Nutritional models should thus be seen as making use of the nutrient requirements of an individual, which are relatively easy to calculate, to simulate the key outputs in performance of a population, such as feed intake, weight gain and carcass yield, such that the economic optimum feeds and feeding programme may be determined for each unique set of circumstances.
Defining the optimum using simulation models
The most important criterion when evaluating a simulation model to be used to optimise the feeding of broiler chickens is that it must be able to predict feed intake. In many simulation models, feed intake is an input to the model and not an output, and it is obvious that such a model would be incapable of finding an economic optimum under different circumstances. Feed intake is not constant over the range of balanced protein levels applied in a response experiment, as is often assumed, but increases as the level of protein becomes marginally deficient and then declines at low levels. Emmans (1981; 1987) described these changes as an attempt by the bird to consume as much of a given feed that was needed to enable it to grow at its potential, hence the increase in intake as the protein content falls. It is not always possible for the bird to consume sufficient of the given feed due to constraints such as gut capacity or the inability to lose sufficient heat to the environment. Some simulation models enable these issues to be accurately accounted for, resulting in accurate predictions of feed intake for different strains, feeds and environmental conditions.
Determining the value of the output, or revenue, might appear to be straightforward, being the product of the weight of the bird and the price per unit weight, but broilers are sold in many different ways in different markets, and the optimum amino acid level will differ depending on whether the bird is sold live, dressed or further processed, as the price and the weight of the portion being sold differs in each case. The weights of different physical parts of broilers and turkeys can now be accurately predicted on the basis of the actual amount of a given feed that is consumed each day (Danisman & Gous, 2011; 2013; Gous et al., 2019) and hence revenue may be accurately predicted under different circumstances.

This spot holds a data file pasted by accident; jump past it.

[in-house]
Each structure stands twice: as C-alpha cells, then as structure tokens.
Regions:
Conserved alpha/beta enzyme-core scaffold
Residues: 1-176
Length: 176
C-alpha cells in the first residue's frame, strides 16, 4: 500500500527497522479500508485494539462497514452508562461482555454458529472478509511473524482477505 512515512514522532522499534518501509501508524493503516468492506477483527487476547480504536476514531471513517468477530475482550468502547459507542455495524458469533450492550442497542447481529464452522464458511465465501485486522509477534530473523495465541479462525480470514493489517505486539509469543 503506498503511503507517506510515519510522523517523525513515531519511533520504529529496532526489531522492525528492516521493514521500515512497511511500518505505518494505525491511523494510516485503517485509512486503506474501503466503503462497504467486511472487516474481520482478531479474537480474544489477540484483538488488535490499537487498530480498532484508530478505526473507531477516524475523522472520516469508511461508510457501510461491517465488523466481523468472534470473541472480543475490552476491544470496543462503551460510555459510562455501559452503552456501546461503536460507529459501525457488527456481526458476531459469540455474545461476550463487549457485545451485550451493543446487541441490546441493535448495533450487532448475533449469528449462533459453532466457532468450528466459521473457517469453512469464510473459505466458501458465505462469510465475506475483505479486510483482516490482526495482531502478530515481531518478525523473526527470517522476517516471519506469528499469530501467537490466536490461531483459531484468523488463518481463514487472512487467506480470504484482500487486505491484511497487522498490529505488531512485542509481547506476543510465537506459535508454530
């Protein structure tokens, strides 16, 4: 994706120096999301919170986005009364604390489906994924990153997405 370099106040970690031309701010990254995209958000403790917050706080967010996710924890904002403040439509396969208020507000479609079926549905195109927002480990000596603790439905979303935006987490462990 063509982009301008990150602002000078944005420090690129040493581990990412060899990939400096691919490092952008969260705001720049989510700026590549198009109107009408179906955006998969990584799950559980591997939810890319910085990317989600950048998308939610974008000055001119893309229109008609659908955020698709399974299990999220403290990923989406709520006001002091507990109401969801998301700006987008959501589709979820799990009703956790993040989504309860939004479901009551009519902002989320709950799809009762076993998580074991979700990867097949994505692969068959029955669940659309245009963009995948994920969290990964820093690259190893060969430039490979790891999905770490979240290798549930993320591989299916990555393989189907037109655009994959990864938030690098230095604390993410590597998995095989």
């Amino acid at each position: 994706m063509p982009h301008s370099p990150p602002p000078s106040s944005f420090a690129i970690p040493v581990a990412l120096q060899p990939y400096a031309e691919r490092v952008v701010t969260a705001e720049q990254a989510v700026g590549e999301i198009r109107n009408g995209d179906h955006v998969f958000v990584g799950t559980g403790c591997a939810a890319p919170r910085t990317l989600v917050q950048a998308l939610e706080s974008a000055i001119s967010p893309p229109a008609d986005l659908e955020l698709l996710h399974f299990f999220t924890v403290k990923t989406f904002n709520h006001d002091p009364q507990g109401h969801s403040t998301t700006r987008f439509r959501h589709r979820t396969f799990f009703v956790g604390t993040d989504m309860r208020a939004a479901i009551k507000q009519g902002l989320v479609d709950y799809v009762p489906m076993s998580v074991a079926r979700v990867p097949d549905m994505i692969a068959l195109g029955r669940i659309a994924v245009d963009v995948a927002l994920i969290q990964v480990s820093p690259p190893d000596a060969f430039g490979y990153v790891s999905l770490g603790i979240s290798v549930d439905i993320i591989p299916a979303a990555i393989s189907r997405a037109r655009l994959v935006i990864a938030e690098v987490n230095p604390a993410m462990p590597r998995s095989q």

Some nutritionists account for the variability in raw material composition using stochastic programming (Roush et al., 1996), which results in the defined minimum levels of nutrients being increased to different extents. It is still possible to make use of this technique when determining the optimum economic level of balanced protein to use under different circumstances, but it is questionable whether this is as important as is changing the optimum level for different economic, biological or management circumstances.
Choosing the objective function
As long as feed intake can be accurately predicted, it is possible, in turn, to predict the growth and carcass composition of a given genotype in a given environment on a given feed and feeding programme, which leads to the possibility of being able to optimize the way in which the birds should be fed to maximize or minimize a given objective function. The objective function to be optimized can be defined in terms of any output from a broiler growth model.
Some producers are intent on minimising feed conversion ratio (FCR), whilst others may need to minimise N excretion. Realistically, if the objective of the business is to make a profit, the objective function would be an economic index of some sort, such as margin over feed cost or margin per m2/year.